With the mission to educate, nurture, and inspire over 10,000 students, the university carries an enormous weight of responsibility. HKUST's world class faculty are up to the challenge of preparing these students for the future, but the HKUST campus itself has an important role as well. Situated on one of the most striking and awe inspiring physical settings in the world, the university uses the available spaces to advance sustainability by using the campus as a learning tool.
While the University's operations comply with all applicable environmental regulatory requirements, HKUST is committed to going beyond the legal commitments to provide a space that it healthy, conducive to learning, and environmentally responsible.
Green Construction – Beyond those measures the university has adopted internal standards as well, such as requiring all new buildings to achieve the performance level of Gold through the HK-BEAM (Building Environmental Assessment Method) process. In this past year, the university received its first HK-BEAM Gold certification for Student Residential Halls VIII and IX.
Green features in these new halls include energy-efficient lifts and air-conditioning units, sensor-controlled corridor and staircase lighting, water-saving devices, green rooftops covered with a variety of plants to reduce incoming heat, and solar panels. To optimize a building's eco-friendliness, the Facilities Management Office (FMO) requires architects and builders to incorporate such requirements into the design, materials, methods of construction, and fitting out. In addition, HKUST adopted environmentally friendly construction measures, using recycled glass paving blocks for hard landscaped areas, Forest Stewardship Council (FSC)-certified wood with authentication certificates, and recycling construction materials. More than 50% of the construction waste is now typically recycled.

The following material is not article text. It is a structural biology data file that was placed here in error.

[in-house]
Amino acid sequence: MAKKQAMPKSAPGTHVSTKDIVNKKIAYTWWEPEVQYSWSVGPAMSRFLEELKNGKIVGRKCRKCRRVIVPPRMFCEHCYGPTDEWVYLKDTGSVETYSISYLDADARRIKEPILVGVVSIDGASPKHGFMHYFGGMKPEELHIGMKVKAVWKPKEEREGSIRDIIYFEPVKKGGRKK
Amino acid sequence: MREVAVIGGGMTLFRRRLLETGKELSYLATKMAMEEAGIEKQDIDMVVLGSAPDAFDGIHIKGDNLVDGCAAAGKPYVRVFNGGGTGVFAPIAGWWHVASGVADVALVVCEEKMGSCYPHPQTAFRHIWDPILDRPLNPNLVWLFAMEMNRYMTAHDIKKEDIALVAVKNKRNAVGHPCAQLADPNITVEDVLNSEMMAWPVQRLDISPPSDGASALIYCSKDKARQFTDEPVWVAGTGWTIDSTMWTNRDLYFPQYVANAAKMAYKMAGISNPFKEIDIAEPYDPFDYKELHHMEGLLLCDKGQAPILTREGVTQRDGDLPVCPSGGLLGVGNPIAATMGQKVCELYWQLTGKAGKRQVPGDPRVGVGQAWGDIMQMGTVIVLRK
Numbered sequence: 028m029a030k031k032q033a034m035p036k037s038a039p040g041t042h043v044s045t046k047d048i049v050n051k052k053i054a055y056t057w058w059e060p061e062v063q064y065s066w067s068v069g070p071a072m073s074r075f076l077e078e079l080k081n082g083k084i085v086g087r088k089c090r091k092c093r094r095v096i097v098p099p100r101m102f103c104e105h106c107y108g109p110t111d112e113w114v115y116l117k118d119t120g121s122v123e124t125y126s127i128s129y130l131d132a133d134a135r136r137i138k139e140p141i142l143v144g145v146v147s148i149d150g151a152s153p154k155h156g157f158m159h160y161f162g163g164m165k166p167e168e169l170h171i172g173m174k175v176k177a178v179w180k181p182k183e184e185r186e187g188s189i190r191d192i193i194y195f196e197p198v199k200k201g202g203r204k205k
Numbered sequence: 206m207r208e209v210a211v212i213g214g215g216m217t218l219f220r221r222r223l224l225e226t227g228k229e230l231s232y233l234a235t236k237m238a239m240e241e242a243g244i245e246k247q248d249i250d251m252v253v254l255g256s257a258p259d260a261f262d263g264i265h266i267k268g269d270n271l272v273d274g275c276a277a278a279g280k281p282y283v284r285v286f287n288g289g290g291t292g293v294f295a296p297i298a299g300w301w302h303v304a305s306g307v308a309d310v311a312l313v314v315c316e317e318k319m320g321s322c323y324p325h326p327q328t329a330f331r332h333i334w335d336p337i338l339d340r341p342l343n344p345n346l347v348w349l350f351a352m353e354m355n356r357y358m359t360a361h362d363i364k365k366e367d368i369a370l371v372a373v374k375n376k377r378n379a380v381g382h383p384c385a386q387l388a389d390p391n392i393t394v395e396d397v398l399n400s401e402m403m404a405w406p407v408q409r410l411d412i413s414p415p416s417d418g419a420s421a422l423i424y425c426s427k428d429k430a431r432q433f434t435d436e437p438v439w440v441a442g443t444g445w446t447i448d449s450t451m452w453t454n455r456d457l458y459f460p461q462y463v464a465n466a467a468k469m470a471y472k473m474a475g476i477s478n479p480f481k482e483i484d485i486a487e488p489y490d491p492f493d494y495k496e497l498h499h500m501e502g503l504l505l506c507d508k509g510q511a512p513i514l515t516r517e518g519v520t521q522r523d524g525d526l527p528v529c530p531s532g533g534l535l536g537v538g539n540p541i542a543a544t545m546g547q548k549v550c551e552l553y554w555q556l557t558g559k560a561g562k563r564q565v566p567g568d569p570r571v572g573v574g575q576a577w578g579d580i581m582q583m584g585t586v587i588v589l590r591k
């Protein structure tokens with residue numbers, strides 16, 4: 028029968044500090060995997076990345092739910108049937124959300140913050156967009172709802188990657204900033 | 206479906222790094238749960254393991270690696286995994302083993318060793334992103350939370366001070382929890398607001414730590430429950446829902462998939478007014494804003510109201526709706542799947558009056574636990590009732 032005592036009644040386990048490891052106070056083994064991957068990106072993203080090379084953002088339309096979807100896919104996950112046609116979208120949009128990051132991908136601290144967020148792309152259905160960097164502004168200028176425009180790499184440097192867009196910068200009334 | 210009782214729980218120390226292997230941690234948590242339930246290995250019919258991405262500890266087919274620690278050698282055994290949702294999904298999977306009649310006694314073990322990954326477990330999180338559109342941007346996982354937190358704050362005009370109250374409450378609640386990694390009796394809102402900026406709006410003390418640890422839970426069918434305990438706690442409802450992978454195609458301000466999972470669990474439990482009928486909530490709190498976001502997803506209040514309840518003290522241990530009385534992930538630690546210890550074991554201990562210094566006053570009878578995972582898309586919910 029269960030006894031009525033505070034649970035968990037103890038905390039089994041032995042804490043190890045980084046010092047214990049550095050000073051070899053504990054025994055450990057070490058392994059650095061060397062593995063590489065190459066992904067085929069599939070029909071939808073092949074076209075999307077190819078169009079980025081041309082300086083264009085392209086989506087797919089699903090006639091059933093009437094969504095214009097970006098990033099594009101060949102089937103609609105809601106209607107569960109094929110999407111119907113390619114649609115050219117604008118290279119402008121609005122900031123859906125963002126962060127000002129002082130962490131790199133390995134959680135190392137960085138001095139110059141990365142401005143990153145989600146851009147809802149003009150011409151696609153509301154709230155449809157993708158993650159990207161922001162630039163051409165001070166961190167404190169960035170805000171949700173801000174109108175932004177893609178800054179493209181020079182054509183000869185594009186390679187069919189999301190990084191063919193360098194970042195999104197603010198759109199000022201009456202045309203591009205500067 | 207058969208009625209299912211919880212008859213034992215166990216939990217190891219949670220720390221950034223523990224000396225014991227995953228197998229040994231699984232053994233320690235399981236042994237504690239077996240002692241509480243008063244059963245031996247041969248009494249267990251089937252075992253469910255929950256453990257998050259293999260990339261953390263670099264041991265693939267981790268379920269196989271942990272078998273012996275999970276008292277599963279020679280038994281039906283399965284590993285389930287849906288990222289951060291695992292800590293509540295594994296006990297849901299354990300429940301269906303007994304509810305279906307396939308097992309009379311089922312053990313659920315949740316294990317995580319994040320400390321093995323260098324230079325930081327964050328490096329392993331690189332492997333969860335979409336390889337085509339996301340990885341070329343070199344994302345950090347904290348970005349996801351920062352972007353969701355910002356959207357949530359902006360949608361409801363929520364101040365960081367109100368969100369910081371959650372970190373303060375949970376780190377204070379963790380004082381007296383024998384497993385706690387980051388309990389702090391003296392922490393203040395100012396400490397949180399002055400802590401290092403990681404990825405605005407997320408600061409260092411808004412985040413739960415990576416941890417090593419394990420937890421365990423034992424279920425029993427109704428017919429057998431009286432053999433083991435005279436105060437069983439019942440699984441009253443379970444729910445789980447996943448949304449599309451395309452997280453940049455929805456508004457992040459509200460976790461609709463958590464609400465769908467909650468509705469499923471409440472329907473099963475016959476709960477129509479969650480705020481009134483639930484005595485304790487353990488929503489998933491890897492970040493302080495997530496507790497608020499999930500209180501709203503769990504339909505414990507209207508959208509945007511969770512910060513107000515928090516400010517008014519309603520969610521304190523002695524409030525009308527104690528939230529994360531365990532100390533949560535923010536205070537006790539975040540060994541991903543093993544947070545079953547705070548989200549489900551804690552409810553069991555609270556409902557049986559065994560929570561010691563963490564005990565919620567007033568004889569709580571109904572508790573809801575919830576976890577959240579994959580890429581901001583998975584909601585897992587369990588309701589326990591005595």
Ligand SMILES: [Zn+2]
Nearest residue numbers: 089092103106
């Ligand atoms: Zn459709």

Attention to Energy –
As noted in the Performance section, over 95% of the energy consumed on campus comes in the form of electricity. It is not surprising that reducing electrical loads is one of the top priorities of the FMO staff. HKUST does have one exceptional advantage due to our proximity to Clear Water Bay; we have the opportunity to utilize seawater for central air-conditioning. HKUST's seawater cooling system is an inexpensive and energy-efficient method for cooling. It takes advantage of seawater to supplement energy-intensive central refrigeration systems to chill water and provide air conditioning on campus. This past year the system got a little more efficient with the replacement of one of the large "chillers," the machines that produce cold water used for air conditioning, with a new machine that is 20% more energy efficient. It may not sound like much, but the savings from this one machine alone is nearly eight times more than all of the other energy efficiency measures during the year combined.
Upgrading the lighting continues to be a high priority for energy reductions. The improvements in cost and performance of LED lights provide more options for lighting controls and the use of low energy lighting sources. Combined with occupancy sensors – which turn off lights automatically in unoccupied spaces – the lighting upgrades from last year are expected to save up to 190,000 kWh of electricity per year, equal to roughly 115 tons of CO2.